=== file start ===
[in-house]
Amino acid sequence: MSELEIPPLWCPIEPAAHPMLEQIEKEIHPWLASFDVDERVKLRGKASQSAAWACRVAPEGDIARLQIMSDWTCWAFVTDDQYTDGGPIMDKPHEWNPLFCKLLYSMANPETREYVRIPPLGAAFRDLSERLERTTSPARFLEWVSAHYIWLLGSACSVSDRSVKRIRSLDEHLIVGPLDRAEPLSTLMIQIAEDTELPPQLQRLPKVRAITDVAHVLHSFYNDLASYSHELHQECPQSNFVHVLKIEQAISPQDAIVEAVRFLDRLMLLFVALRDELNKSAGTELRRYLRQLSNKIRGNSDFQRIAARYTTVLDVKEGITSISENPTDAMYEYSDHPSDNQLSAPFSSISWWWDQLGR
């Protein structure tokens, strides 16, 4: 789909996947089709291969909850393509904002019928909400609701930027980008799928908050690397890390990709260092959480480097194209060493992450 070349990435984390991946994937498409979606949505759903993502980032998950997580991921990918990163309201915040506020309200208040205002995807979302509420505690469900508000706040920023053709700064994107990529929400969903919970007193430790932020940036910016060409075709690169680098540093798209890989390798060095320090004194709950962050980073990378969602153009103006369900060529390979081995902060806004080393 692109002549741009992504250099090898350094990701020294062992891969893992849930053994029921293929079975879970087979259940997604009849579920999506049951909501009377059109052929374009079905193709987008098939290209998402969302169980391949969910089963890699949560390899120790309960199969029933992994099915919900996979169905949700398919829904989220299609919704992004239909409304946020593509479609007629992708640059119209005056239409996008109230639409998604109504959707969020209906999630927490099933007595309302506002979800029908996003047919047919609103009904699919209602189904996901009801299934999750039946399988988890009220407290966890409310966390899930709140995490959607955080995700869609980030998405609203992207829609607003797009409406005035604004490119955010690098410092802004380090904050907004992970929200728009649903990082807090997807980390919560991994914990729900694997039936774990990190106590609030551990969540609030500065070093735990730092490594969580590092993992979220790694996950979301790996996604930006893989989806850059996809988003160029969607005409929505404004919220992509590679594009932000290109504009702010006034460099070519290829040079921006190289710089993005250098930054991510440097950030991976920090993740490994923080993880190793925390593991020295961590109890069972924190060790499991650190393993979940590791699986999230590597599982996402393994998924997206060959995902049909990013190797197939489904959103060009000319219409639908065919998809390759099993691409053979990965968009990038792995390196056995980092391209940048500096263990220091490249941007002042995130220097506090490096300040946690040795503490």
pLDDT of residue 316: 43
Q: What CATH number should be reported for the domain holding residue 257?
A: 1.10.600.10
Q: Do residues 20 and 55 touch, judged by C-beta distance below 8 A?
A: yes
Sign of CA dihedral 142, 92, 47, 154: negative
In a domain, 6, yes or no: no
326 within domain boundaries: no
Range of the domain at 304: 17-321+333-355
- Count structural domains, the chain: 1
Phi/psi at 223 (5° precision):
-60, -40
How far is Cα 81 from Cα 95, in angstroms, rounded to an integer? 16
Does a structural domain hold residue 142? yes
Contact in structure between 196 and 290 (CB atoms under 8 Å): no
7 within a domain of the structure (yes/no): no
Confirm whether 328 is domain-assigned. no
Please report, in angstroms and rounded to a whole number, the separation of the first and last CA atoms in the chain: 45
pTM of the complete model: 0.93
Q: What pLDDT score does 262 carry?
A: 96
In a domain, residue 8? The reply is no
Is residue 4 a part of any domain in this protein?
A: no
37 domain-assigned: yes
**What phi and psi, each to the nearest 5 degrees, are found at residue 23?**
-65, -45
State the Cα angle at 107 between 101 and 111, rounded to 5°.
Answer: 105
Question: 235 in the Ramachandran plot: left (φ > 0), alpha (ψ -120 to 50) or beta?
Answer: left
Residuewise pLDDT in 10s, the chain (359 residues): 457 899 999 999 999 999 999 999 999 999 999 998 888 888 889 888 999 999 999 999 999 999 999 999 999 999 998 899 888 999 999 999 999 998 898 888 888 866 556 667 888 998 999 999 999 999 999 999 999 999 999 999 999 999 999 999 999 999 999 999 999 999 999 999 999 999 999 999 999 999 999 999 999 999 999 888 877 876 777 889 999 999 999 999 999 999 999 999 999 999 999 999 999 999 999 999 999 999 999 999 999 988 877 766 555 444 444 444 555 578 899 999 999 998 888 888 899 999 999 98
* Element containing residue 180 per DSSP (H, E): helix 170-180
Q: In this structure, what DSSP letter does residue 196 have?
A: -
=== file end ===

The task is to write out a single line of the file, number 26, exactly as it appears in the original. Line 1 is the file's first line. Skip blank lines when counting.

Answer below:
Is residue 4 a part of any domain in this protein?